Re: [mythsoc] Types, Stereotypes and Archetypes.
I am going to use your thoughtful comments as a springboard for some
musings that may or may not relate to what you are saying. That
disclaimer aside ...
Stereotypes, simplifications, types, tropes (when worn by overuse into
cliches), and others I have not named because they do not occur to me at
the moment, are species of the genus "Generalizations". Archetypes,
ideals, and metaphors are not, although they are related.
Generalization is a powerful tool for effective thinking. An inability
to generalize appropriately is at the root of many linguistic,
psychological, and social problems. When information can be assigned to
categories, then appropriate responses are possible which require less
effort -- and less need for more information -- than otherwise.
My formal education is a B.A. in Psychology. Ironically, I was
diagnosed, in my late 40s, with Attention Deficit Disorder. A great deal
of this limitation centers on not being able to properly categorize, and
so often ignore, incoming information. The result is that *everything*
has to be attended to, and investigated, until something breaks through
and grabs focus; then nothing unrelated to that focus gets any
attention, until the next thing breaks in. Autism is similar in some
Generalization has utility. When interacting with this group, I assume
that its members are above average in intelligence, consider reading an
important part of life, and have a baseline of knowledge about the
writings of C.S. Lewis, J.R.R. Tolkien, and Charles Williams. That these
assumptions may be inaccurate in a specific case is clear, but mostly
Stereotypes, specifically, have utility or they would not exist. That is
true in both literature and life. If that is a defense, it is an
incomplete one, but the utility is real. We create, and use, stereotypes
because doing so *works* for us.
Some will react negatively to that last paragraph because it questions
an institutionalized belief. Most of us are impacted by the subculture
which rejects all generalizations about people as ipso facto "evil",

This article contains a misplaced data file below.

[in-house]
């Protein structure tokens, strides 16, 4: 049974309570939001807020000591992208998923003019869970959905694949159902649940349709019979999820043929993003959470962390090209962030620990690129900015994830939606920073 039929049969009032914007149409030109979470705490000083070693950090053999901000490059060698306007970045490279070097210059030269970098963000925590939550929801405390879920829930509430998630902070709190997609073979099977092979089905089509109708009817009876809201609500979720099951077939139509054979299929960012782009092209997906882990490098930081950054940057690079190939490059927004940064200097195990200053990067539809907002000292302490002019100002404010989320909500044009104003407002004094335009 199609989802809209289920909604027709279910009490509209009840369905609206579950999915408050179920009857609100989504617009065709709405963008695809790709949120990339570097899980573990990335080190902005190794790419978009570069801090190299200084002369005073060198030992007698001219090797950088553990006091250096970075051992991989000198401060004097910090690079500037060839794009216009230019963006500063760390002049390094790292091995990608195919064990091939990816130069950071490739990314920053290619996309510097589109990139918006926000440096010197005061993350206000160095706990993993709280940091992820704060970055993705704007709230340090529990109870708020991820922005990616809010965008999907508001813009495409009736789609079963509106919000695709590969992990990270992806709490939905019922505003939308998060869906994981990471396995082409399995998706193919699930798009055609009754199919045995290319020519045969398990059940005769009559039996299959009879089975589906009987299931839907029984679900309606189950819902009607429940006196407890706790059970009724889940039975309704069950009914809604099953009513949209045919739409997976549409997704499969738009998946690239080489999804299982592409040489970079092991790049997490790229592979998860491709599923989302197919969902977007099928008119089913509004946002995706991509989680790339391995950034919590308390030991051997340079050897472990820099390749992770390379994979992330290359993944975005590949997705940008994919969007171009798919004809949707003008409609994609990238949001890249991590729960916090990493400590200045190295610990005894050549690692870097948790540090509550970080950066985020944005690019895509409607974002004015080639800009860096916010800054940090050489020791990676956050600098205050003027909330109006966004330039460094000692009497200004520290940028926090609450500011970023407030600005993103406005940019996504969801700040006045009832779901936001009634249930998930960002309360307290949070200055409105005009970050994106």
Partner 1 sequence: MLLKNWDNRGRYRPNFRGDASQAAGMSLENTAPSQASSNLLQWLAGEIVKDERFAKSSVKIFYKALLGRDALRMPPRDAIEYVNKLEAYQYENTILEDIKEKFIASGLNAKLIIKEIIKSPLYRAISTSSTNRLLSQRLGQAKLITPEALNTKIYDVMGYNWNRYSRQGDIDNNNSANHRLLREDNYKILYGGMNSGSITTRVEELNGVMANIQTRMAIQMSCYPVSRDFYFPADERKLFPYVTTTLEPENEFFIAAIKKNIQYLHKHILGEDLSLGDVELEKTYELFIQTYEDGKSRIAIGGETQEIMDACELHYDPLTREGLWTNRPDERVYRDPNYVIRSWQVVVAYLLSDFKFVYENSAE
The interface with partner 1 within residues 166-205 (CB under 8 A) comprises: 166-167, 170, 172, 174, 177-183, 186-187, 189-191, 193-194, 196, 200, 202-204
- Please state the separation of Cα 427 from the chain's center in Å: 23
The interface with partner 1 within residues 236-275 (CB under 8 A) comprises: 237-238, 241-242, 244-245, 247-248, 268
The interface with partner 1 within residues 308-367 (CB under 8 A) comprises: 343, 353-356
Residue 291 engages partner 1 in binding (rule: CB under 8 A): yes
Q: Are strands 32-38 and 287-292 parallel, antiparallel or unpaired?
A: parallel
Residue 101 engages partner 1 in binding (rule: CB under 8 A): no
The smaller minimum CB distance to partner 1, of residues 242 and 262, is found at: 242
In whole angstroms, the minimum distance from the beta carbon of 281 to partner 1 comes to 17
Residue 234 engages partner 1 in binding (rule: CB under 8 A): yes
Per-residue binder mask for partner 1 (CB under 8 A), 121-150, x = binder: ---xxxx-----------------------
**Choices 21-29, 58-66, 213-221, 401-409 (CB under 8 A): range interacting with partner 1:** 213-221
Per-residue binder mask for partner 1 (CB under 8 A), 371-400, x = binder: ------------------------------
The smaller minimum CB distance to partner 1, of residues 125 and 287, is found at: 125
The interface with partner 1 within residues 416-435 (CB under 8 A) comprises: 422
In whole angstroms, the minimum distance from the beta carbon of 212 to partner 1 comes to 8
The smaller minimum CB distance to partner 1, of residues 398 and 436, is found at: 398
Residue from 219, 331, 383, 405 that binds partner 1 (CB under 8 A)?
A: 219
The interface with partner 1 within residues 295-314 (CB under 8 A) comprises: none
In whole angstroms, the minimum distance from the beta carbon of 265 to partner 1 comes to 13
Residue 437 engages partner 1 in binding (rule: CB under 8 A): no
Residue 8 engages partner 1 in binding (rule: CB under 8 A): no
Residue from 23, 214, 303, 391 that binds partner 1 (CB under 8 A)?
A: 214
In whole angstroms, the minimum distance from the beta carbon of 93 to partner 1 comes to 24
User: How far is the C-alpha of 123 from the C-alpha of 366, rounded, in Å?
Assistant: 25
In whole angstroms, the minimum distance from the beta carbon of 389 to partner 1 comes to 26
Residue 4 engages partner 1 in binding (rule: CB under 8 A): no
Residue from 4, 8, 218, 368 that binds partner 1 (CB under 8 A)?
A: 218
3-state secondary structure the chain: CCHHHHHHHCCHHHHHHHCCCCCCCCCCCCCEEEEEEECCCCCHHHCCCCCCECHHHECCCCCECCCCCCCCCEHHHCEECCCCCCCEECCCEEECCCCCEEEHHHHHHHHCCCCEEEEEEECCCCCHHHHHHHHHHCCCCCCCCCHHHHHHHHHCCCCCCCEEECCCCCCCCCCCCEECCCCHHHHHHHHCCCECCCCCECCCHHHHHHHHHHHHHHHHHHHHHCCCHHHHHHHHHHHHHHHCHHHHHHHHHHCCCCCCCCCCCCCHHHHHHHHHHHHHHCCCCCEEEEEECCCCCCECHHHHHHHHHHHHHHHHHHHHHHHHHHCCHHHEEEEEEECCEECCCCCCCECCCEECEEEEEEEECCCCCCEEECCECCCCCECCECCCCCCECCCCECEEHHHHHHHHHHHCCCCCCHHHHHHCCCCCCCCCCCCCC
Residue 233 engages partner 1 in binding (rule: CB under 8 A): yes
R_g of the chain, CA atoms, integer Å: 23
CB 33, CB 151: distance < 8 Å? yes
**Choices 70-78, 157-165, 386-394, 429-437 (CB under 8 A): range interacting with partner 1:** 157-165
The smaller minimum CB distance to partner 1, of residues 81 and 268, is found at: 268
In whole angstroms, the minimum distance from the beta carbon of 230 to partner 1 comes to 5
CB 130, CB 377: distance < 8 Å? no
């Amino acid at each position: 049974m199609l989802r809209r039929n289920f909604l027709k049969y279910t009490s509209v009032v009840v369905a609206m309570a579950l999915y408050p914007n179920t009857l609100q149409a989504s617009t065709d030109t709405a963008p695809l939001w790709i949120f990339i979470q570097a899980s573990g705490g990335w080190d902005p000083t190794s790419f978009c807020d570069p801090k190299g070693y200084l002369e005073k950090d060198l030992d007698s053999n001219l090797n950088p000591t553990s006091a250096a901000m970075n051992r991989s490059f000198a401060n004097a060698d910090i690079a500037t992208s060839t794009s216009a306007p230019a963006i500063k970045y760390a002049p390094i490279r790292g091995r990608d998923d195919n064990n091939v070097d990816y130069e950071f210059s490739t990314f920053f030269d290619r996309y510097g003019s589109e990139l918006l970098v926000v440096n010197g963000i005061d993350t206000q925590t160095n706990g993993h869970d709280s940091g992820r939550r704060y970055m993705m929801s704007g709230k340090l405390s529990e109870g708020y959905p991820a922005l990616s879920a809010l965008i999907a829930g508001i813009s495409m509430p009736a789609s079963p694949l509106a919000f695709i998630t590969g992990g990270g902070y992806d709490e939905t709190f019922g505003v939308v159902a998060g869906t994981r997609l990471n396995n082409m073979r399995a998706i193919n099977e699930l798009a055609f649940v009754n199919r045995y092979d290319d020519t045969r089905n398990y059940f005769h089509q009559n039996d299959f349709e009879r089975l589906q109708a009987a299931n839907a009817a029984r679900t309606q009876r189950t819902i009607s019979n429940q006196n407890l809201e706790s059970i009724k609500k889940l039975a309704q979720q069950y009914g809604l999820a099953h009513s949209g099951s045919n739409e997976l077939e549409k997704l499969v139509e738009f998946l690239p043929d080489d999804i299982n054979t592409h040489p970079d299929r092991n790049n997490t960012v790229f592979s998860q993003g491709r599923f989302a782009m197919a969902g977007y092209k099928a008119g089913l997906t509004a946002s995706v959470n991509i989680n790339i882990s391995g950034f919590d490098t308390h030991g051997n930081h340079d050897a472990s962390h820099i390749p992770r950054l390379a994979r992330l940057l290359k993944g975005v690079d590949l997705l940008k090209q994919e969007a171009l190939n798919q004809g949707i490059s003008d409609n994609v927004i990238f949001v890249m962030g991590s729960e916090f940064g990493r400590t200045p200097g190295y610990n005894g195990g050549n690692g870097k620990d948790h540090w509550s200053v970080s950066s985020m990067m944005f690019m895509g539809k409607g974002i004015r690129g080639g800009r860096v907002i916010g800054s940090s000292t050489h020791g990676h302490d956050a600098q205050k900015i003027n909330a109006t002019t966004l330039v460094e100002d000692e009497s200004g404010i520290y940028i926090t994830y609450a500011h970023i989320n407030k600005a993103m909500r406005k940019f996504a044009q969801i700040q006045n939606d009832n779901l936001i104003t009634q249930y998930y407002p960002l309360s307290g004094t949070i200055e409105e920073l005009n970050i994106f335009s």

especially when it involves race, religion, or ethnicity. Recent
additions to that anathematized list include physical or mental
handicaps, gender, and sexual orientation. To suggest that some
categories based on these forbidden characteristics might be both useful
and appropriate, is not seen as an invitation to discussion, but as the
promulgation of heresy.
Aragorn is, in my opinion, an ideal. He is not merely a somewhat
differentiated member of a group with a limited number of simple
characteristics. Tolkien presents him as a man to admire and emulate.
The son of Arathorn is also a member of a number of groups, and clearly
sees group cohesion as valuable in its own right. He is a Dunadan, with
all that entails. He is a member of the Fellowship. He is Elf-friend,
royal by inheritance through carefully recorded ancestry, and a fearsome
Whether one calls him Strider, or Elessar, he is also an implacable foe
of Orcs, Sauron, and those who align with them. He wants to know of any
he encounters, "Are you with us or against us?" Nuanced reasons do not
interest him if the answer is "against", and he never loses sight of who
"us" is. He is the antithesis of that vocal elite who insist that people
must never be seen primarily as members of a group -- except by their
choice, when they think it convenient -- but only as individuals (an
exception is permitted for male traditional Christians of northern
Aragorn may question his own role, or doubt his eventual success, but he
never wonders which side he is on.
If his qualities seem shallow, or outdated in the early 21st Century,
then his presentation as an ideal will be jarring. If one does not like
this sort of thing, then Aragorn is most certainly the sort of character
one will not like. But he is no stereotype.
- I just got an email from Kent State Press saying they'd shipped mine! :) It's been backordered for ... a while now.--Margaret DeanOn Sun, Feb 12, 2012 at 10:13 AM, Doug Kane <dougkane@...> wrote:All,It has come to my attention that Verlyn Flieger's new book, Green Suns and Faërie: Essays on J.R.R. Tolkien is now available for purchase, both directly from the publisher, Kent State University Press, and from Amazon and other retailers. This book was originally due to be published last August, but was delayed by the publisher. It doesn't seem to have been well publicized that the book is now available, so I thought I would spread the word. I obviously don't need to emphasize how perceptive Verlyn's observations about Tolkien are. Most of you are well aware of that fact!Doug